“This knowledge is irrevocable.” So reads an opening line in the terms-of-service agreement for 23andMe, a leading direct-to-consumer genetic testing company. This remarkable phrase attests to an increasing recognition of the role genomic knowledge plays in shaping human life. On the one hand, genomic knowledge is a gift, creating novel insights into the genetic drivers of disease and into the geographical paths of our ancestors. On the other, it is a weight, creating new obligations, new forms of social classification, and new forms of surveillance. Thus, we are faced with a fundamental question: how can we live well in the face of knowledge that can change the criteria, conditions, and lived experience of life? Or, as we formulate that question for this conference, what is a good biocitizen?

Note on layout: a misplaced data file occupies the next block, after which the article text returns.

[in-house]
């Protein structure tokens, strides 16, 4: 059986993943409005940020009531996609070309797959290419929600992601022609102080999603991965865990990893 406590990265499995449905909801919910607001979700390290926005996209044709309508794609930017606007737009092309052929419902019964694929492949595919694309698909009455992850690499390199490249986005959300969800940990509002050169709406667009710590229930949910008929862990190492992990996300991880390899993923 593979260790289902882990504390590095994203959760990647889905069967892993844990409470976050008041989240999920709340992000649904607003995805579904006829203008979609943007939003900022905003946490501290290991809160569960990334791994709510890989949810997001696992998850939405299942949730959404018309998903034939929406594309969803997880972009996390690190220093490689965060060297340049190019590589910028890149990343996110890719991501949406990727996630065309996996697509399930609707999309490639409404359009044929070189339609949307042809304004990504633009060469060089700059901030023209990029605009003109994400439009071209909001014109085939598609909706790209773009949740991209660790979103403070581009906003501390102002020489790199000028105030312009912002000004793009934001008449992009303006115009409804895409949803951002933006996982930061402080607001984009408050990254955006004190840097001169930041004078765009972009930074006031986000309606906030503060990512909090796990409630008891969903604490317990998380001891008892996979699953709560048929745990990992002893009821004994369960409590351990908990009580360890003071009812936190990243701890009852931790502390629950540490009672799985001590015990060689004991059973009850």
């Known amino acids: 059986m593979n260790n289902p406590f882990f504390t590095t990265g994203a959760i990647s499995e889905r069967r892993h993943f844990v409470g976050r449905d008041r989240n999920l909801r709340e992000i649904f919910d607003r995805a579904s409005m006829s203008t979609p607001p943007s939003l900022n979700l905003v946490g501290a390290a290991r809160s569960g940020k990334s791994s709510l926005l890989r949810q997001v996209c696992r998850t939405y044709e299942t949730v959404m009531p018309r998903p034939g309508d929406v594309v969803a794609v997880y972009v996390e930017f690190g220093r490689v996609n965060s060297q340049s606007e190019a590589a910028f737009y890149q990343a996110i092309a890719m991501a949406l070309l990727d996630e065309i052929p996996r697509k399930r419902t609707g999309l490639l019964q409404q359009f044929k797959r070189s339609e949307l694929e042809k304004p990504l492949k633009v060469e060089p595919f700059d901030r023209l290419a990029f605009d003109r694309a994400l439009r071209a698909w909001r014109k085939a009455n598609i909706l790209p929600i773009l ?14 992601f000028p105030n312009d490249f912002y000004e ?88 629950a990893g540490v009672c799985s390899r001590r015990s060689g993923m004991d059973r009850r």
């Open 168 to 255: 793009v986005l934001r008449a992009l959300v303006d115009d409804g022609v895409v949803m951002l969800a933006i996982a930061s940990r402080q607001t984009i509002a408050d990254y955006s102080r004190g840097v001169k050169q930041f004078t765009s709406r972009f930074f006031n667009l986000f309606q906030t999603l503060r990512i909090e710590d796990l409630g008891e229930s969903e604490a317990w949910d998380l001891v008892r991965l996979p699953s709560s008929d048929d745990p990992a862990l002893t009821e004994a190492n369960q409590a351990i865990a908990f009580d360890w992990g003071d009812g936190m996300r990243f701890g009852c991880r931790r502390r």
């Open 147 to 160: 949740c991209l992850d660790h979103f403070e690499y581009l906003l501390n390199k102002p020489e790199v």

This conference aims to take a step back and ask: In what ways can genomic knowledge promote human flourishing, and in what ways might it thwart it? What are the conditions that shape the biocitizen today, and how ought one act in light of these? Heeding not only the lessons of this history, but also our contemporary socio-political context, we wish to gain clarity on how genomics has shaped and is shaping lived experience. How, against the background of such knowledge, might we leverage genomic knowledge toward a life lived well in health for all?
October 4 and 5, 2018
Feil Hall, Forchelli Conference Center, 22nd Floor, 205 State Street Brooklyn, New York
Sponsored by The Hastings Center and Brooklyn Law School’s Center for Health, Science and Public Policy; co-sponsored by Columbia University’s Department of Medical Humanities and Ethics and Harvard Medical School’s Center for Bioethics